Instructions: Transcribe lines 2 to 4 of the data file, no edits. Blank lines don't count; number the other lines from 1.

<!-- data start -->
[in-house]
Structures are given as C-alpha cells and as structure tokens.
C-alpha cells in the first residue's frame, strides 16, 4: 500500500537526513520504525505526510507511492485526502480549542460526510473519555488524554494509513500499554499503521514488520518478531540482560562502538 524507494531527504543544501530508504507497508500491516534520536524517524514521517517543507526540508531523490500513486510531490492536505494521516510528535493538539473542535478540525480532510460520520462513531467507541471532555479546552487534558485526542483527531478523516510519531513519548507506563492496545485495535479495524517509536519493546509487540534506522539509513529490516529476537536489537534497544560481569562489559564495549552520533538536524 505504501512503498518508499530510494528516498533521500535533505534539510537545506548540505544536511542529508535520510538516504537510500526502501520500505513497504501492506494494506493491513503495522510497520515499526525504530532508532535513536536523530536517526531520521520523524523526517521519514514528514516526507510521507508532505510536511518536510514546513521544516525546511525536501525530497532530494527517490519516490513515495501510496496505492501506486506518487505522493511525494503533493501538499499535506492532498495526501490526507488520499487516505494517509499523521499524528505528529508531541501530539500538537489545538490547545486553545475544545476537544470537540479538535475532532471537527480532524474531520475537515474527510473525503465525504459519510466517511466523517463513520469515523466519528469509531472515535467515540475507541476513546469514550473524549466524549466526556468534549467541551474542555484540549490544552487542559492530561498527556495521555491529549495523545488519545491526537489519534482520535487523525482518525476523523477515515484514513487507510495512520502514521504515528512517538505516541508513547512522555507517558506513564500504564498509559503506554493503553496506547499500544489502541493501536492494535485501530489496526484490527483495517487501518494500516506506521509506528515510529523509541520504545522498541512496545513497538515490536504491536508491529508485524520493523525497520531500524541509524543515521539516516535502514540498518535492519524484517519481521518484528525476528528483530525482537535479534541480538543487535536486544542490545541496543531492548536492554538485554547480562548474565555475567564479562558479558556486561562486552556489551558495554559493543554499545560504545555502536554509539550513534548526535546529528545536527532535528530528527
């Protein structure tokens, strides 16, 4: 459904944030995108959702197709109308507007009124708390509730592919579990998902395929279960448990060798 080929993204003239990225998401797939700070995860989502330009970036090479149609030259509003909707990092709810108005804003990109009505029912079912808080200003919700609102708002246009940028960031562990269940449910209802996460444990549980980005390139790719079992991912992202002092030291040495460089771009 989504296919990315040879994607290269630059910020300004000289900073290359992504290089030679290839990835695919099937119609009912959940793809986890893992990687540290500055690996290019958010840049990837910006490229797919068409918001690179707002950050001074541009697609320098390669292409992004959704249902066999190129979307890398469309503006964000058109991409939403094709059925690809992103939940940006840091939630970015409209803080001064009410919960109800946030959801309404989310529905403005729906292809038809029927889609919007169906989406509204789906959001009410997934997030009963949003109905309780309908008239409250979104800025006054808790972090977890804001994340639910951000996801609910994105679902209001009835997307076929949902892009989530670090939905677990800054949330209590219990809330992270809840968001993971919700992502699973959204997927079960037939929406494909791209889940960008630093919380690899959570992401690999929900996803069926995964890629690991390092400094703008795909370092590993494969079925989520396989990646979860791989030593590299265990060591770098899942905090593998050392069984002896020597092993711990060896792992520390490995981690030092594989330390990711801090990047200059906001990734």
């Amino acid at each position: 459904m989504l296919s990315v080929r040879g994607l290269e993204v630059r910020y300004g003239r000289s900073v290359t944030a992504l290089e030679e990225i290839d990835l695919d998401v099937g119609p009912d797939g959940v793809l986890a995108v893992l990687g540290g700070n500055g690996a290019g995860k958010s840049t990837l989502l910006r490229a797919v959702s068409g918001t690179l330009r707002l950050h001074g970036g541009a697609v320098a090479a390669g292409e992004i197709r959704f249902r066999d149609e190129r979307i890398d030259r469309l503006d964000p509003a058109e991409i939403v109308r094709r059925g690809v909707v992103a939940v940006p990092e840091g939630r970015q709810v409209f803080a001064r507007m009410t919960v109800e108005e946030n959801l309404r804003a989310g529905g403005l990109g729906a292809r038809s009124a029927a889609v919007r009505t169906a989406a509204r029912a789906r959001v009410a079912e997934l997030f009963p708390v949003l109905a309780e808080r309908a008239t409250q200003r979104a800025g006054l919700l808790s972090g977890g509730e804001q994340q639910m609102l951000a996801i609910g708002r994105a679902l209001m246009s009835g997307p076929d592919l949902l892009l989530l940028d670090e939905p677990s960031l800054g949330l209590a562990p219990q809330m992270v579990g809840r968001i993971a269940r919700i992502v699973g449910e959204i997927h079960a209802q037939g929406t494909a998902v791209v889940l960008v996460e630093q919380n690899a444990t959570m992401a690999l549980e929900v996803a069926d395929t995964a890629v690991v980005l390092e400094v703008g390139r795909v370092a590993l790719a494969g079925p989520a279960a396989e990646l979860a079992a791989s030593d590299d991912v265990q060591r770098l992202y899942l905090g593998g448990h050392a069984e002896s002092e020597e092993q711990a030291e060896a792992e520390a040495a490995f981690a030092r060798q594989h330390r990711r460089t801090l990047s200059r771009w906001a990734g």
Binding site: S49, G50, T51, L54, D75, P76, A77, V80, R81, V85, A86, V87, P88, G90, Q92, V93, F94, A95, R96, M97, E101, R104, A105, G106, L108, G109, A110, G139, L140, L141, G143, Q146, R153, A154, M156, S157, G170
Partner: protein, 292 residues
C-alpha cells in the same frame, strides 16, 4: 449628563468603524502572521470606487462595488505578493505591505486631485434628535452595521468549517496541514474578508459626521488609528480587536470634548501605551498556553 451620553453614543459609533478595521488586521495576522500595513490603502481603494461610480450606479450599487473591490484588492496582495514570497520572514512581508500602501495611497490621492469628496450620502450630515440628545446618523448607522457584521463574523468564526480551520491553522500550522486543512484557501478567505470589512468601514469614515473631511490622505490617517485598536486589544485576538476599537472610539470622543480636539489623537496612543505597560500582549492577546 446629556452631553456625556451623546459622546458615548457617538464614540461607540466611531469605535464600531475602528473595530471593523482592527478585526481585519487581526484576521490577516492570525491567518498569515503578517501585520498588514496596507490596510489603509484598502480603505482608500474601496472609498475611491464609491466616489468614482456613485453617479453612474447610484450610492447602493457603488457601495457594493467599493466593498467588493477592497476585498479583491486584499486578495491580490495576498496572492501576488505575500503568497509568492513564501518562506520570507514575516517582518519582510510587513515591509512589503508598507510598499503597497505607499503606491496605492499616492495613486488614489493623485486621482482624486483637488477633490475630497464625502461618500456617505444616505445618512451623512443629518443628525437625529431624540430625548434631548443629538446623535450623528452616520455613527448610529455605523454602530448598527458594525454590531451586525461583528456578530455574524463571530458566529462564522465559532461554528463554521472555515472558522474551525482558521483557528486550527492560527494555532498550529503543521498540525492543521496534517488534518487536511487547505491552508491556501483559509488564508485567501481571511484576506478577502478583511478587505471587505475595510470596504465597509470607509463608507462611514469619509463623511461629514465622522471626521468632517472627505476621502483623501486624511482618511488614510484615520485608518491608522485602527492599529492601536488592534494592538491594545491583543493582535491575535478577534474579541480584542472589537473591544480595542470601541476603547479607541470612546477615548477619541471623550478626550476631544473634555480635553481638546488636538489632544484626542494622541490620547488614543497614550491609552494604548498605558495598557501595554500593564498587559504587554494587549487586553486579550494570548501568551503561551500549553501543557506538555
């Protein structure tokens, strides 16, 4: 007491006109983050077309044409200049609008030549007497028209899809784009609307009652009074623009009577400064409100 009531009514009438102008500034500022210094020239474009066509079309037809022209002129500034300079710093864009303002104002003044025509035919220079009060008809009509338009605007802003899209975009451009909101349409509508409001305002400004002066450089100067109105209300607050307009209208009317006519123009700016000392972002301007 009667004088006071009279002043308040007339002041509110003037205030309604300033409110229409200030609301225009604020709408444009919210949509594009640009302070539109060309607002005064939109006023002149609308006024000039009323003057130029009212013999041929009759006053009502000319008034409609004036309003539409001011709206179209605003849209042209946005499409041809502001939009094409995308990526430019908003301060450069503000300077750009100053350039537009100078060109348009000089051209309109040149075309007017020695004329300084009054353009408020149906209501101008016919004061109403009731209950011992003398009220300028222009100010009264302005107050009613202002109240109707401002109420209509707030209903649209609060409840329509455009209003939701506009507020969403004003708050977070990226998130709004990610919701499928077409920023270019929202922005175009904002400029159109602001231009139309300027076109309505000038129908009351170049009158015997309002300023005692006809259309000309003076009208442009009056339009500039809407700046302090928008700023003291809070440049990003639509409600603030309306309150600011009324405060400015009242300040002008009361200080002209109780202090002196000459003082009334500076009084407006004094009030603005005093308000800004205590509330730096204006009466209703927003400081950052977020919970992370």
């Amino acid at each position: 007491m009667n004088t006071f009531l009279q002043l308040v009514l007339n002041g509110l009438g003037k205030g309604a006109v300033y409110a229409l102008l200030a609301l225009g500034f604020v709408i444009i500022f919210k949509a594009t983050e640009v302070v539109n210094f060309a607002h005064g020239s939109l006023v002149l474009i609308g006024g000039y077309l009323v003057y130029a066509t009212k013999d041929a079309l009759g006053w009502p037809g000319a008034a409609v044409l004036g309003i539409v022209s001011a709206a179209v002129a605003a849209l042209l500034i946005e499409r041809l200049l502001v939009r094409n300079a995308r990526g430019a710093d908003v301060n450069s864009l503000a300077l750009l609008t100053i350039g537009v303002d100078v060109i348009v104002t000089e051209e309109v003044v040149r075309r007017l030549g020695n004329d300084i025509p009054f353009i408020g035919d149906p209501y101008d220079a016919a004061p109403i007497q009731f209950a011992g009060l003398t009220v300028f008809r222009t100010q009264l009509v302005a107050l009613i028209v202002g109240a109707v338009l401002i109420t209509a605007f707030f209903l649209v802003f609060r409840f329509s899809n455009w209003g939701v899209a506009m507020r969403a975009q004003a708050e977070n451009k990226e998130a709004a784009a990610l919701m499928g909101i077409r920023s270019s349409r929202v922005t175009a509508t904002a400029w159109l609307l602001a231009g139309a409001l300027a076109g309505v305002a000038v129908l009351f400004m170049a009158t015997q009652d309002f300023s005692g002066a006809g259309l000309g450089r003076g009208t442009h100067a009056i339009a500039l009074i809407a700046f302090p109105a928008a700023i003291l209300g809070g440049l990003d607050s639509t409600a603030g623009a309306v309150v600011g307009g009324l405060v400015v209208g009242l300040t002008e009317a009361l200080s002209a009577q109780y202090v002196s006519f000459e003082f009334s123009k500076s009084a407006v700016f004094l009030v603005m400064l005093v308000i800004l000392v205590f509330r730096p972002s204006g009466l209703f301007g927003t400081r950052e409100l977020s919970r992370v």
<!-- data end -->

Structures are given as C-alpha cells and as structure tokens.
C-alpha cells in the first residue's frame, strides 16, 4: 500500500537526513520504525505526510507511492485526502480549542460526510473519555488524554494509513500499554499503521514488520518478531540482560562502538 524507494531527504543544501530508504507497508500491516534520536524517524514521517517543507526540508531523490500513486510531490492536505494521516510528535493538539473542535478540525480532510460520520462513531467507541471532555479546552487534558485526542483527531478523516510519531513519548507506563492496545485495535479495524517509536519493546509487540534506522539509513529490516529476537536489537534497544560481569562489559564495549552520533538536524 505504501512503498518508499530510494528516498533521500535533505534539510537545506548540505544536511542529508535520510538516504537510500526502501520500505513497504501492506494494506493491513503495522510497520515499526525504530532508532535513536536523530536517526531520521520523524523526517521519514514528514516526507510521507508532505510536511518536510514546513521544516525546511525536501525530497532530494527517490519516490513515495501510496496505492501506486506518487505522493511525494503533493501538499499535506492532498495526501490526507488520499487516505494517509499523521499524528505528529508531541501530539500538537489545538490547545486553545475544545476537544470537540479538535475532532471537527480532524474531520475537515474527510473525503465525504459519510466517511466523517463513520469515523466519528469509531472515535467515540475507541476513546469514550473524549466524549466526556468534549467541551474542555484540549490544552487542559492530561498527556495521555491529549495523545488519545491526537489519534482520535487523525482518525476523523477515515484514513487507510495512520502514521504515528512517538505516541508513547512522555507517558506513564500504564498509559503506554493503553496506547499500544489502541493501536492494535485501530489496526484490527483495517487501518494500516506506521509506528515510529523509541520504545522498541512496545513497538515490536504491536508491529508485524520493523525497520531500524541509524543515521539516516535502514540498518535492519524484517519481521518484528525476528528483530525482537535479534541480538543487535536486544542490545541496543531492548536492554538485554547480562548474565555475567564479562558479558556486561562486552556489551558495554559493543554499545560504545555502536554509539550513534548526535546529528545536527532535528530528527
């Protein structure tokens, strides 16, 4: 459904944030995108959702197709109308507007009124708390509730592919579990998902395929279960448990060798 080929993204003239990225998401797939700070995860989502330009970036090479149609030259509003909707990092709810108005804003990109009505029912079912808080200003919700609102708002246009940028960031562990269940449910209802996460444990549980980005390139790719079992991912992202002092030291040495460089771009 989504296919990315040879994607290269630059910020300004000289900073290359992504290089030679290839990835695919099937119609009912959940793809986890893992990687540290500055690996290019958010840049990837910006490229797919068409918001690179707002950050001074541009697609320098390669292409992004959704249902066999190129979307890398469309503006964000058109991409939403094709059925690809992103939940940006840091939630970015409209803080001064009410919960109800946030959801309404989310529905403005729906292809038809029927889609919007169906989406509204789906959001009410997934997030009963949003109905309780309908008239409250979104800025006054808790972090977890804001994340639910951000996801609910994105679902209001009835997307076929949902892009989530670090939905677990800054949330209590219990809330992270809840968001993971919700992502699973959204997927079960037939929406494909791209889940960008630093919380690899959570992401690999929900996803069926995964890629690991390092400094703008795909370092590993494969079925989520396989990646979860791989030593590299265990060591770098899942905090593998050392069984002896020597092993711990060896792992520390490995981690030092594989330390990711801090990047200059906001990734």